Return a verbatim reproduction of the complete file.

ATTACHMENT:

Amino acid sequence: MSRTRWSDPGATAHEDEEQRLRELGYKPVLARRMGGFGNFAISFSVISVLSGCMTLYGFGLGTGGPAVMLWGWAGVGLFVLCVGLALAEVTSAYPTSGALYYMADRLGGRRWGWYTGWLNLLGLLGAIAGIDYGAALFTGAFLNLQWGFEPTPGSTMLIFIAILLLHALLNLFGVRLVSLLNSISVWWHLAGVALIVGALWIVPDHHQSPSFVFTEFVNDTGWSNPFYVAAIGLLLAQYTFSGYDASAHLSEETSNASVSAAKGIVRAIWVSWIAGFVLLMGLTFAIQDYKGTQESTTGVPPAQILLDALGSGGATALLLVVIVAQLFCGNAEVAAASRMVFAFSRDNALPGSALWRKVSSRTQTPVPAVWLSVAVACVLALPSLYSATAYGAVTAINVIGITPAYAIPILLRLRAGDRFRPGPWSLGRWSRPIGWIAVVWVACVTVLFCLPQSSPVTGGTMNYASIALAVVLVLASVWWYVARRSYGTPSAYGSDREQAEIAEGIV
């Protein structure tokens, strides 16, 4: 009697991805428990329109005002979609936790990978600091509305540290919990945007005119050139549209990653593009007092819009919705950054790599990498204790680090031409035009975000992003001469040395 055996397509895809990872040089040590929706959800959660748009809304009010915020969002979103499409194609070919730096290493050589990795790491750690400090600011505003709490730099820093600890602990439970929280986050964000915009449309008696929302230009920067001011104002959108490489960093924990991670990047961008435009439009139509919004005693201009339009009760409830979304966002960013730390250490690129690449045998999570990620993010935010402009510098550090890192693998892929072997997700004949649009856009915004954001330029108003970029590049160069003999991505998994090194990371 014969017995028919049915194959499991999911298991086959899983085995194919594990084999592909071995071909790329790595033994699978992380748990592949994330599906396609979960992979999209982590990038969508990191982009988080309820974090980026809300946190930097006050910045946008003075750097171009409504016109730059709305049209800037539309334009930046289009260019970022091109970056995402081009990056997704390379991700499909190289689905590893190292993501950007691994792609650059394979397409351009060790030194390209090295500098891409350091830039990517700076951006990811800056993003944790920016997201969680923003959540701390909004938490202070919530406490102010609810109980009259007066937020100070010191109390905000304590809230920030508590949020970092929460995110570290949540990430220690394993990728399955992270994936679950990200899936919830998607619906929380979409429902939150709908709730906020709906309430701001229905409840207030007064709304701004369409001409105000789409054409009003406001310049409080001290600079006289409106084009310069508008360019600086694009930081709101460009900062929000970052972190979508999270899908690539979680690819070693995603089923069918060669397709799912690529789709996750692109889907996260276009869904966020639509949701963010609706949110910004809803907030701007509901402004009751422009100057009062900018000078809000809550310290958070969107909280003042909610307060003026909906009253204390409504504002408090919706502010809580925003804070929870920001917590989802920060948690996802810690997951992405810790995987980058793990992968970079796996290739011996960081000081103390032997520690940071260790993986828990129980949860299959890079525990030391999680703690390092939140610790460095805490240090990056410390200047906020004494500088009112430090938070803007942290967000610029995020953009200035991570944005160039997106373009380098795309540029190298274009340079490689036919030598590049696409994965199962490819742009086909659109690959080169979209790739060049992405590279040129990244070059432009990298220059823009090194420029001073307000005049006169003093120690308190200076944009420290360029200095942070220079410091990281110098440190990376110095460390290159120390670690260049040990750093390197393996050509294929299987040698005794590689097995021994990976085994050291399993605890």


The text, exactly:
Amino acid sequence: MSRTRWSDPGATAHEDEEQRLRELGYKPVLARRMGGFGNFAISFSVISVLSGCMTLYGFGLGTGGPAVMLWGWAGVGLFVLCVGLALAEVTSAYPTSGALYYMADRLGGRRWGWYTGWLNLLGLLGAIAGIDYGAALFTGAFLNLQWGFEPTPGSTMLIFIAILLLHALLNLFGVRLVSLLNSISVWWHLAGVALIVGALWIVPDHHQSPSFVFTEFVNDTGWSNPFYVAAIGLLLAQYTFSGYDASAHLSEETSNASVSAAKGIVRAIWVSWIAGFVLLMGLTFAIQDYKGTQESTTGVPPAQILLDALGSGGATALLLVVIVAQLFCGNAEVAAASRMVFAFSRDNALPGSALWRKVSSRTQTPVPAVWLSVAVACVLALPSLYSATAYGAVTAINVIGITPAYAIPILLRLRAGDRFRPGPWSLGRWSRPIGWIAVVWVACVTVLFCLPQSSPVTGGTMNYASIALAVVLVLASVWWYVARRSYGTPSAYGSDREQAEIAEGIV
């Protein structure tokens, strides 16, 4: 009697991805428990329109005002979609936790990978600091509305540290919990945007005119050139549209990653593009007092819009919705950054790599990498204790680090031409035009975000992003001469040395 055996397509895809990872040089040590929706959800959660748009809304009010915020969002979103499409194609070919730096290493050589990795790491750690400090600011505003709490730099820093600890602990439970929280986050964000915009449309008696929302230009920067001011104002959108490489960093924990991670990047961008435009439009139509919004005693201009339009009760409830979304966002960013730390250490690129690449045998999570990620993010935010402009510098550090890192693998892929072997997700004949649009856009915004954001330029108003970029590049160069003999991505998994090194990371 014969017995028919049915194959499991999911298991086959899983085995194919594990084999592909071995071909790329790595033994699978992380748990592949994330599906396609979960992979999209982590990038969508990191982009988080309820974090980026809300946190930097006050910045946008003075750097171009409504016109730059709305049209800037539309334009930046289009260019970022091109970056995402081009990056997704390379991700499909190289689905590893190292993501950007691994792609650059394979397409351009060790030194390209090295500098891409350091830039990517700076951006990811800056993003944790920016997201969680923003959540701390909004938490202070919530406490102010609810109980009259007066937020100070010191109390905000304590809230920030508590949020970092929460995110570290949540990430220690394993990728399955992270994936679950990200899936919830998607619906929380979409429902939150709908709730906020709906309430701001229905409840207030007064709304701004369409001409105000789409054409009003406001310049409080001290600079006289409106084009310069508008360019600086694009930081709101460009900062929000970052972190979508999270899908690539979680690819070693995603089923069918060669397709799912690529789709996750692109889907996260276009869904966020639509949701963010609706949110910004809803907030701007509901402004009751422009100057009062900018000078809000809550310290958070969107909280003042909610307060003026909906009253204390409504504002408090919706502010809580925003804070929870920001917590989802920060948690996802810690997951992405810790995987980058793990992968970079796996290739011996960081000081103390032997520690940071260790993986828990129980949860299959890079525990030391999680703690390092939140610790460095805490240090990056410390200047906020004494500088009112430090938070803007942290967000610029995020953009200035991570944005160039997106373009380098795309540029190298274009340079490689036919030598590049696409994965199962490819742009086909659109690959080169979209790739060049992405590279040129990244070059432009990298220059823009090194420029001073307000005049006169003093120690308190200076944009420290360029200095942070220079410091990281110098440190990376110095460390290159120390670690260049040990750093390197393996050509294929299987040698005794590689097995021994990976085994050291399993605890």